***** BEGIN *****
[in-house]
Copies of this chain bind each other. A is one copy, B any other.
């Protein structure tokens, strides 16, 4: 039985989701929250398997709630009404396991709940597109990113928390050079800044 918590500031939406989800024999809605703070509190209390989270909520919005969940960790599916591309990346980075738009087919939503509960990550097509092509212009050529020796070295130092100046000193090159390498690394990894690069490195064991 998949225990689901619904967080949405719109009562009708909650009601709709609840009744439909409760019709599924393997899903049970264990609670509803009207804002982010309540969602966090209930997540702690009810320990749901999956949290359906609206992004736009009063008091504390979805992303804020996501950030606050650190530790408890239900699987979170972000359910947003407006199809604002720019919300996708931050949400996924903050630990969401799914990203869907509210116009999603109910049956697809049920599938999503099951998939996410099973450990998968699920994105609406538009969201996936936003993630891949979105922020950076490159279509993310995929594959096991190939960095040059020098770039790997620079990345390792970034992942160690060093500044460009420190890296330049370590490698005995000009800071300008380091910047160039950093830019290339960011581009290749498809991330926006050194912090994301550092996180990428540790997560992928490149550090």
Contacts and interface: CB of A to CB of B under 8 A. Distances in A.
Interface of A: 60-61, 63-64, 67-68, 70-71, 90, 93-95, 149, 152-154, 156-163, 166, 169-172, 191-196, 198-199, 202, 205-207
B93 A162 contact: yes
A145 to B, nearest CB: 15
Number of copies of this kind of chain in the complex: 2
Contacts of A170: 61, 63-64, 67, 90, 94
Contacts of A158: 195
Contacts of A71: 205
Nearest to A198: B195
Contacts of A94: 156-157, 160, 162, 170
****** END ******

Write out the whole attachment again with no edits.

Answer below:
[in-house]
Copies of this chain bind each other. A is one copy, B any other.
């Protein structure tokens, strides 16, 4: 039985989701929250398997709630009404396991709940597109990113928390050079800044 918590500031939406989800024999809605703070509190209390989270909520919005969940960790599916591309990346980075738009087919939503509960990550097509092509212009050529020796070295130092100046000193090159390498690394990894690069490195064991 998949225990689901619904967080949405719109009562009708909650009601709709609840009744439909409760019709599924393997899903049970264990609670509803009207804002982010309540969602966090209930997540702690009810320990749901999956949290359906609206992004736009009063008091504390979805992303804020996501950030606050650190530790408890239900699987979170972000359910947003407006199809604002720019919300996708931050949400996924903050630990969401799914990203869907509210116009999603109910049956697809049920599938999503099951998939996410099973450990998968699920994105609406538009969201996936936003993630891949979105922020950076490159279509993310995929594959096991190939960095040059020098770039790997620079990345390792970034992942160690060093500044460009420190890296330049370590490698005995000009800071300008380091910047160039950093830019290339960011581009290749498809991330926006050194912090994301550092996180990428540790997560992928490149550090």
Contacts and interface: CB of A to CB of B under 8 A. Distances in A.
Interface of A: 60-61, 63-64, 67-68, 70-71, 90, 93-95, 149, 152-154, 156-163, 166, 169-172, 191-196, 198-199, 202, 205-207
B93 A162 contact: yes
A145 to B, nearest CB: 15
Number of copies of this kind of chain in the complex: 2
Contacts of A170: 61, 63-64, 67, 90, 94
Contacts of A158: 195
Contacts of A71: 205
Nearest to A198: B195
Contacts of A94: 156-157, 160, 162, 170